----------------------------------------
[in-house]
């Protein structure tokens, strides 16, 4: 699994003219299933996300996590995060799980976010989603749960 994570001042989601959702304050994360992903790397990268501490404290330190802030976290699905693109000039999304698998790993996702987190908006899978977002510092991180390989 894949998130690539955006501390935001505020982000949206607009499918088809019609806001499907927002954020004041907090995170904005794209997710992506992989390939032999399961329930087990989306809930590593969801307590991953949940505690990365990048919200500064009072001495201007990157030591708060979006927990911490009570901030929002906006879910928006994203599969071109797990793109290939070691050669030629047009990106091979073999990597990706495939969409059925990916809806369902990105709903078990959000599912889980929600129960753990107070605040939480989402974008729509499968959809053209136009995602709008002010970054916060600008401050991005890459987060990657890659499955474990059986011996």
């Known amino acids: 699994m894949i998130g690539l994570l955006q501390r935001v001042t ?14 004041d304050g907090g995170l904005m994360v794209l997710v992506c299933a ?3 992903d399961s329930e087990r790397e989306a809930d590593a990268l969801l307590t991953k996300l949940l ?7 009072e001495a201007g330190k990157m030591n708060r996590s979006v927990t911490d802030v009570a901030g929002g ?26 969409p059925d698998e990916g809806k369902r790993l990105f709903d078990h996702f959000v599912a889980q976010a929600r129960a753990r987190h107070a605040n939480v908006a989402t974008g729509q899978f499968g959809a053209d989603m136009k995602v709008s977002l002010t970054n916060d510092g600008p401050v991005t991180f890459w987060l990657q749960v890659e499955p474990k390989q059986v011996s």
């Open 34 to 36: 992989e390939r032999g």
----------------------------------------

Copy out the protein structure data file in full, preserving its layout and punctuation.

[in-house]
């Protein structure tokens, strides 16, 4: 699994003219299933996300996590995060799980976010989603749960 994570001042989601959702304050994360992903790397990268501490404290330190802030976290699905693109000039999304698998790993996702987190908006899978977002510092991180390989 894949998130690539955006501390935001505020982000949206607009499918088809019609806001499907927002954020004041907090995170904005794209997710992506992989390939032999399961329930087990989306809930590593969801307590991953949940505690990365990048919200500064009072001495201007990157030591708060979006927990911490009570901030929002906006879910928006994203599969071109797990793109290939070691050669030629047009990106091979073999990597990706495939969409059925990916809806369902990105709903078990959000599912889980929600129960753990107070605040939480989402974008729509499968959809053209136009995602709008002010970054916060600008401050991005890459987060990657890659499955474990059986011996």
């Known amino acids: 699994m894949i998130g690539l994570l955006q501390r935001v001042t ?14 004041d304050g907090g995170l904005m994360v794209l997710v992506c299933a ?3 992903d399961s329930e087990r790397e989306a809930d590593a990268l969801l307590t991953k996300l949940l ?7 009072e001495a201007g330190k990157m030591n708060r996590s979006v927990t911490d802030v009570a901030g929002g ?26 969409p059925d698998e990916g809806k369902r790993l990105f709903d078990h996702f959000v599912a889980q976010a929600r129960a753990r987190h107070a605040n939480v908006a989402t974008g729509q899978f499968g959809a053209d989603m136009k995602v709008s977002l002010t970054n916060d510092g600008p401050v991005t991180f890459w987060l990657q749960v890659e499955p474990k390989q059986v011996s």
């Open 34 to 36: 992989e390939r032999g």